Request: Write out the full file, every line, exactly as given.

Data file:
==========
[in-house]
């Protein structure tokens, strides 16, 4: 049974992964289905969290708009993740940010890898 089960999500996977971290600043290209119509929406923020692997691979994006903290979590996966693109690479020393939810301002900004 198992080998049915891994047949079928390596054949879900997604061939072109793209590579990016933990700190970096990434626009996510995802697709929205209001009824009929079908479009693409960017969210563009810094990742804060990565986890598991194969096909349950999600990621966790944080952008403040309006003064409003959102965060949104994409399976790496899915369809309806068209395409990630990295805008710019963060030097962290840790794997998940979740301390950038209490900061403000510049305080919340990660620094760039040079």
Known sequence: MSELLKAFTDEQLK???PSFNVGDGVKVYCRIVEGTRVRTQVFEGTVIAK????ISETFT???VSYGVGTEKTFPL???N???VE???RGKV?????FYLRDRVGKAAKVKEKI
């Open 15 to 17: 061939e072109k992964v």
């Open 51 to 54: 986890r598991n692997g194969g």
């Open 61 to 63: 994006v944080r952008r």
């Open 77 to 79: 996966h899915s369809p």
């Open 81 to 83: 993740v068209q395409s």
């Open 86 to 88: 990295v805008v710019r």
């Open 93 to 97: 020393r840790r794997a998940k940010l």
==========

[in-house]
């Protein structure tokens, strides 16, 4: 049974992964289905969290708009993740940010890898 089960999500996977971290600043290209119509929406923020692997691979994006903290979590996966693109690479020393939810301002900004 198992080998049915891994047949079928390596054949879900997604061939072109793209590579990016933990700190970096990434626009996510995802697709929205209001009824009929079908479009693409960017969210563009810094990742804060990565986890598991194969096909349950999600990621966790944080952008403040309006003064409003959102965060949104994409399976790496899915369809309806068209395409990630990295805008710019963060030097962290840790794997998940979740301390950038209490900061403000510049305080919340990660620094760039040079």
Known sequence: MSELLKAFTDEQLK???PSFNVGDGVKVYCRIVEGTRVRTQVFEGTVIAK????ISETFT???VSYGVGTEKTFPL???N???VE???RGKV?????FYLRDRVGKAAKVKEKI
């Open 15 to 17: 061939e072109k992964v």
């Open 51 to 54: 986890r598991n692997g194969g």
């Open 61 to 63: 994006v944080r952008r």
């Open 77 to 79: 996966h899915s369809p």
């Open 81 to 83: 993740v068209q395409s």
């Open 86 to 88: 990295v805008v710019r």
């Open 93 to 97: 020393r840790r794997a998940k940010l």